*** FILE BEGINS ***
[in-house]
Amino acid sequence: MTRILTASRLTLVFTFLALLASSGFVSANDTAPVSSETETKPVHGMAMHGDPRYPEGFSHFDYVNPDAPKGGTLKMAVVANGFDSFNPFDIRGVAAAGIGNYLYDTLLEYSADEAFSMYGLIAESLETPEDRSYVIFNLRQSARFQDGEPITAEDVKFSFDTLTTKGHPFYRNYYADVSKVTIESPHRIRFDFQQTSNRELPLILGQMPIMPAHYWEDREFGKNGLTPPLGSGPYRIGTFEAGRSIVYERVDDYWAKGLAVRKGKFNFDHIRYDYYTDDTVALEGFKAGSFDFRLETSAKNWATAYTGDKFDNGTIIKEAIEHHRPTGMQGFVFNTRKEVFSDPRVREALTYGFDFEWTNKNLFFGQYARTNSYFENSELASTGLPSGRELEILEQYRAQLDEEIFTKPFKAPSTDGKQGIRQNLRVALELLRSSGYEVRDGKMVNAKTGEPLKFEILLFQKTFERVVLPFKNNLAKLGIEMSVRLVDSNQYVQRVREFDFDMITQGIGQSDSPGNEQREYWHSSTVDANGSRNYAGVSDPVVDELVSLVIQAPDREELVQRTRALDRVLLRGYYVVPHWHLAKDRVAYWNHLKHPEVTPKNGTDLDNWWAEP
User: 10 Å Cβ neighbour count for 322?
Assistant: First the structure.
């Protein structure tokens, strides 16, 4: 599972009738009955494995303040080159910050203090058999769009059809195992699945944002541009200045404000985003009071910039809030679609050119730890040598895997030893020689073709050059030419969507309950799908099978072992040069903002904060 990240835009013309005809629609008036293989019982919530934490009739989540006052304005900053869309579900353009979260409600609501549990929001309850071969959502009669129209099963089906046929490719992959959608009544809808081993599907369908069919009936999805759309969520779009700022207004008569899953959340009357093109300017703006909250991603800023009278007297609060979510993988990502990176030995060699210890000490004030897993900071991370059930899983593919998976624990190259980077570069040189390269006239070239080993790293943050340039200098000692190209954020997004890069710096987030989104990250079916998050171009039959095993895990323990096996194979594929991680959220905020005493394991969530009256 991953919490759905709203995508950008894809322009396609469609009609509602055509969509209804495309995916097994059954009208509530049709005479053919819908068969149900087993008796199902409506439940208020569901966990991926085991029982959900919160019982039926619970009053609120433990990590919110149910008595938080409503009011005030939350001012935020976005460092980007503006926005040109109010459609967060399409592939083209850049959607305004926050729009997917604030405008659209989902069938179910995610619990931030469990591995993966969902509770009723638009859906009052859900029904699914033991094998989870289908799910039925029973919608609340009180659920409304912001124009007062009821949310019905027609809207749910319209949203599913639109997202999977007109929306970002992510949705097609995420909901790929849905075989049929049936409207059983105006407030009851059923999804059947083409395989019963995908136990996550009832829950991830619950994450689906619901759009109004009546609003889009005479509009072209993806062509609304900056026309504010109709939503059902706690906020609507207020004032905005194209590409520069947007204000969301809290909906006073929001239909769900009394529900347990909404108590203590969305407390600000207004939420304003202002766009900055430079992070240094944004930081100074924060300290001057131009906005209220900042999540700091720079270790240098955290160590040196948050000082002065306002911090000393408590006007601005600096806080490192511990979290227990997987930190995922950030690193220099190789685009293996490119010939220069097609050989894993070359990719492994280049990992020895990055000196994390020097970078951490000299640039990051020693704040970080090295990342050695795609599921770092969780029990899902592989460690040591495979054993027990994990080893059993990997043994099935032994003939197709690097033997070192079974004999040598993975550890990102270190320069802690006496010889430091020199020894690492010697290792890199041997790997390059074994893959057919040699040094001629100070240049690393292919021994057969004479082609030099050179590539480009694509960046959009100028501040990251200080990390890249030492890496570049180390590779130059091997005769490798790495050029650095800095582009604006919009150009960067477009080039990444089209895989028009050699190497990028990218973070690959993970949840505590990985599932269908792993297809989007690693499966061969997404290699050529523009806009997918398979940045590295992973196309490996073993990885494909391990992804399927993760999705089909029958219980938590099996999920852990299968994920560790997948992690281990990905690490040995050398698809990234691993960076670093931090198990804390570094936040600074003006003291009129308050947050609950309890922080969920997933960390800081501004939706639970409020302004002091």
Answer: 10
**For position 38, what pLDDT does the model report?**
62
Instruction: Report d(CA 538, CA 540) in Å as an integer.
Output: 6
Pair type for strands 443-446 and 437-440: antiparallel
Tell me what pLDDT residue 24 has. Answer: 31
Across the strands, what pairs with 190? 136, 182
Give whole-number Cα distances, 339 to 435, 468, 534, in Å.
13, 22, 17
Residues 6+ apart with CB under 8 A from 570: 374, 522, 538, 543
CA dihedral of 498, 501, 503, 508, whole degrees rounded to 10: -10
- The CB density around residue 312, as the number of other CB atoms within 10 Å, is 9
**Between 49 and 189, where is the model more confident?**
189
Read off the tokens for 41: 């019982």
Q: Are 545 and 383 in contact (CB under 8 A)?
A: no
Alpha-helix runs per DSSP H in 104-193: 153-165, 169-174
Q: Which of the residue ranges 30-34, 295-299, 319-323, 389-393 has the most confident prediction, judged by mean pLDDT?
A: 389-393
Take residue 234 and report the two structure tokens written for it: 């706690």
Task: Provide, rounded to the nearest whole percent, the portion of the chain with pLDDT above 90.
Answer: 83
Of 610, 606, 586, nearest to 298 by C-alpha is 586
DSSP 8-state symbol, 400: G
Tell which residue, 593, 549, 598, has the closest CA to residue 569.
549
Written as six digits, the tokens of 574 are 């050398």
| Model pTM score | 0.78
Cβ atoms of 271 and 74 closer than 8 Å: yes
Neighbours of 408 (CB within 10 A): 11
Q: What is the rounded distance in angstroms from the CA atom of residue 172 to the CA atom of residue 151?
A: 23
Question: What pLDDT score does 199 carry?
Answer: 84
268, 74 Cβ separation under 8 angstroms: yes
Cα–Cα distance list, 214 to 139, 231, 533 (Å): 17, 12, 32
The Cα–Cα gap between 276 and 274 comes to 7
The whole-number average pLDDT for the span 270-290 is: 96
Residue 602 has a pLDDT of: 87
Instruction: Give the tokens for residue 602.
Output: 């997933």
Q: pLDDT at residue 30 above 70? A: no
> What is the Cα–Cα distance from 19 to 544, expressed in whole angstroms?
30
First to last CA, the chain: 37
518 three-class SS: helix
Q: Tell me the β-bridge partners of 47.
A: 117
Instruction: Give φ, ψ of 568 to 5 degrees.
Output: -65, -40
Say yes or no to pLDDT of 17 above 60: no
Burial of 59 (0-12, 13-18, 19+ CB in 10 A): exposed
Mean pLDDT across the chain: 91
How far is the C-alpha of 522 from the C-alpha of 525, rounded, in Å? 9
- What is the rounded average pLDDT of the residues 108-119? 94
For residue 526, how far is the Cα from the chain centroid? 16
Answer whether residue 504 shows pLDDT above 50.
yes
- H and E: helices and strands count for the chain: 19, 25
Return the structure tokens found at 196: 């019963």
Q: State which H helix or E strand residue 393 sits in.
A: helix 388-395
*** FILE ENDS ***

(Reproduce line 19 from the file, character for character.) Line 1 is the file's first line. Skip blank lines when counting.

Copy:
**Between 49 and 189, where is the model more confident?**